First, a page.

Drug resistance of healthcare-associated pathogenic bacteria and carbapenem-resistant Acinetobacter baumannii homology in the general intensive care unit
Original Article

Drug resistance of healthcare-associated pathogenic bacteria and carbapenem-resistant Acinetobacter baumannii homology in the general intensive care unit

Weiping Liu, Yongfang Yang, Kai Zhang, Yunting Hai, Haoxue Li, Yueying Jiao, Huimin Xing, Binbin Xu, Haibo Bai, Yuping Zhao, Huan Bao, Shuai Zhang, Wei Ren, Lifang Yang, Huijun Yang, Junwei Tian, Meng Wang, Tianhui Guo

Department of Nosocomial Infection Control, Inner Mongolia People’s Hospital, Hohhot, China

Contributions: (I) Conception and design: W Liu, T Guo; (II) Administrative support: W Liu, Y Jiao, H Xing; (III) Provision of study materials or patients: K Zhang, Y Hai, J Tian, H Yang; (IV) Collection and assembly of data: B Xu, H Bai, S Zhang, H Bao, M Wang, L Yang; (V) Data analysis and interpretation: Y Zhao, Y Yang, H Li, W Ren; (VI) Manuscript writing: All authors; (VII) Final approval of manuscript: All authors.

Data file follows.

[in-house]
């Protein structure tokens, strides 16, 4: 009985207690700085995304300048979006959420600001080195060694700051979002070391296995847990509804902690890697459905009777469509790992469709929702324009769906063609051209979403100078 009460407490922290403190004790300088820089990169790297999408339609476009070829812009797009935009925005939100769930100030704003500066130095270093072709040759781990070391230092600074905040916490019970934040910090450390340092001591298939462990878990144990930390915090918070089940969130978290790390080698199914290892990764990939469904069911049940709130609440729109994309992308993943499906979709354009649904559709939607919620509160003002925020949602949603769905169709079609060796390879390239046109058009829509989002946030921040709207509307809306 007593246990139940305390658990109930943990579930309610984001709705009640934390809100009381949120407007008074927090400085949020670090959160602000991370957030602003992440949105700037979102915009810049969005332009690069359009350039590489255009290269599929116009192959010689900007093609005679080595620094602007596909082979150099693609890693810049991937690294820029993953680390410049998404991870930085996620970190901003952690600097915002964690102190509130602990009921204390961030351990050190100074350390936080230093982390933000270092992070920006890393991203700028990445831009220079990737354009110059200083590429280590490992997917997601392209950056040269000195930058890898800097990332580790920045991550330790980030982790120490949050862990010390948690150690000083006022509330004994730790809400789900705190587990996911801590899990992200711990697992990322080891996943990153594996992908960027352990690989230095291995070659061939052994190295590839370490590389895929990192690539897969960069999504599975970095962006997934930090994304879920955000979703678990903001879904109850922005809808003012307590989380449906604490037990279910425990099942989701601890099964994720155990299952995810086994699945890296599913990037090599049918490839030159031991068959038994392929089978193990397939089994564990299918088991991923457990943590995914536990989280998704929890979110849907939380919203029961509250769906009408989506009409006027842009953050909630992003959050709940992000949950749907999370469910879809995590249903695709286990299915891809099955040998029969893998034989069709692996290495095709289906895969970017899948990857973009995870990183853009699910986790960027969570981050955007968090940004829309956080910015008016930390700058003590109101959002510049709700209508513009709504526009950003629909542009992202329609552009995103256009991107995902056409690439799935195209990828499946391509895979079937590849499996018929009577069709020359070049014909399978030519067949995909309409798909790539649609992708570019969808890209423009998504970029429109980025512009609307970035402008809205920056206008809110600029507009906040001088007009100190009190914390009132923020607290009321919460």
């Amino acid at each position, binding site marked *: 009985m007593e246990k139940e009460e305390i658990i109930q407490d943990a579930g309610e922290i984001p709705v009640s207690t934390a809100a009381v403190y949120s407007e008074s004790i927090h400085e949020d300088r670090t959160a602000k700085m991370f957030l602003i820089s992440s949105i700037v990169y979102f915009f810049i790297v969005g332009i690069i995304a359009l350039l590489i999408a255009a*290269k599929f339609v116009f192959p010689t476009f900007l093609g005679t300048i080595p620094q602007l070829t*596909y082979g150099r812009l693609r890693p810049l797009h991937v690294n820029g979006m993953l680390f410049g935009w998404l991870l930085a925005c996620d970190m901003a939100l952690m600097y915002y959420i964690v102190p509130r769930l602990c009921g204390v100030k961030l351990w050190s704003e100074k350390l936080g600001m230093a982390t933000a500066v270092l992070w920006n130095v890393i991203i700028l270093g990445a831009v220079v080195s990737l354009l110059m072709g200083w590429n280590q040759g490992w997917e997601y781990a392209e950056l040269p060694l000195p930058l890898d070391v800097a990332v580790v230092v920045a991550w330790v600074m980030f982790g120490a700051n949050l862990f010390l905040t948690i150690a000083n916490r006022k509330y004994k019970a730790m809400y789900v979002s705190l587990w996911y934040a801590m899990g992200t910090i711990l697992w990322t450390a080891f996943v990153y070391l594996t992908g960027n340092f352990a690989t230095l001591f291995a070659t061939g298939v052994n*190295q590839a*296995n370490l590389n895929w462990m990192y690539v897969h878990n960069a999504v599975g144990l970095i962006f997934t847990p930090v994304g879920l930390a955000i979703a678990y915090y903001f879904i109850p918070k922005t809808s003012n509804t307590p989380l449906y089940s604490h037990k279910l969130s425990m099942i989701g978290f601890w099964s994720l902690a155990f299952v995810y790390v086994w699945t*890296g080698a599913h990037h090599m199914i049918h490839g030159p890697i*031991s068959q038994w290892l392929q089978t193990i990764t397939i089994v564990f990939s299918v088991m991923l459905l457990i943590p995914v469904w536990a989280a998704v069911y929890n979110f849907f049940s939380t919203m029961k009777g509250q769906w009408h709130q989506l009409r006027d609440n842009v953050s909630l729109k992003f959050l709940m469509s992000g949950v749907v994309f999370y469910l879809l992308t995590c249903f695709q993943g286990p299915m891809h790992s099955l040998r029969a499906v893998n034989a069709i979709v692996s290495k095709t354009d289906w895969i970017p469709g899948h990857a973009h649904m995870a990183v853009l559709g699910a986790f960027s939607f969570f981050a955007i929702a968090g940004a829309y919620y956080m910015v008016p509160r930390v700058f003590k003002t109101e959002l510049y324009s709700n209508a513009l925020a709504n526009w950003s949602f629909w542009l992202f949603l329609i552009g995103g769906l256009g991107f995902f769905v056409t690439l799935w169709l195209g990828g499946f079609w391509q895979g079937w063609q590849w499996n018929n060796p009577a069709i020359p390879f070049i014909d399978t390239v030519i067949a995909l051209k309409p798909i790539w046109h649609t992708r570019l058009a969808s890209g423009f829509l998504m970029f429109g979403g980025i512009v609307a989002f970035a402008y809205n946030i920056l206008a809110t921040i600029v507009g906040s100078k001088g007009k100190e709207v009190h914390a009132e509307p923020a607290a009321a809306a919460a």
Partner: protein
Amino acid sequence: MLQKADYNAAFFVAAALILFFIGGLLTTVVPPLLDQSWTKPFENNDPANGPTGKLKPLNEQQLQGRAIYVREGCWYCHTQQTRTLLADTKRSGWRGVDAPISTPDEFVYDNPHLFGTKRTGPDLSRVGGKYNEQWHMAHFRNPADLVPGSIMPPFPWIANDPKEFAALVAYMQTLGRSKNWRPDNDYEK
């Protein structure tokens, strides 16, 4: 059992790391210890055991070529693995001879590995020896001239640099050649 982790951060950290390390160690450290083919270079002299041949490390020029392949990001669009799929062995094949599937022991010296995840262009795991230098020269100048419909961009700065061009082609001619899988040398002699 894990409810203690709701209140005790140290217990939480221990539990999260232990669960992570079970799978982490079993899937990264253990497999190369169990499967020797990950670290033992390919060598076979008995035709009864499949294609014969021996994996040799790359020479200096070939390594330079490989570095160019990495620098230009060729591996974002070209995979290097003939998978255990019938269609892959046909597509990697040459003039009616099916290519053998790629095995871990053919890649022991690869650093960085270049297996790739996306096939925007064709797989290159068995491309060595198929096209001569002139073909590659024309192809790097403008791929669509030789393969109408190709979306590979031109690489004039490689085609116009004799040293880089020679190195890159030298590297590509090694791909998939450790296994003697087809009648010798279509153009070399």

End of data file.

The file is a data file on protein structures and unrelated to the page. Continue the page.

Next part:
Correspondence to: Tianhui Guo. Department of Nosocomial Infection Control, Inner Mongolia People’s Hospital, No. 20 of Zhaowuda Street, Saihan District, Hohhot 010017, China. Email: tianhui0409@126.com.

Background: The objective of this study was to understand the distribution and drug resistance of healthcare-associated infection (HAI) pathogens in an intensive care unit (ICU) of a general tertiary hospital in Inner Mongolia, and to classify carbapenem-resistant Acinetobacter baumannii (CR-AB) in ICU patients and environmental samples. Additionally, this study aimed to provide scientific evidence for the use of clinical antibiotics and effective prevention and control measures for CR-AB outbreak.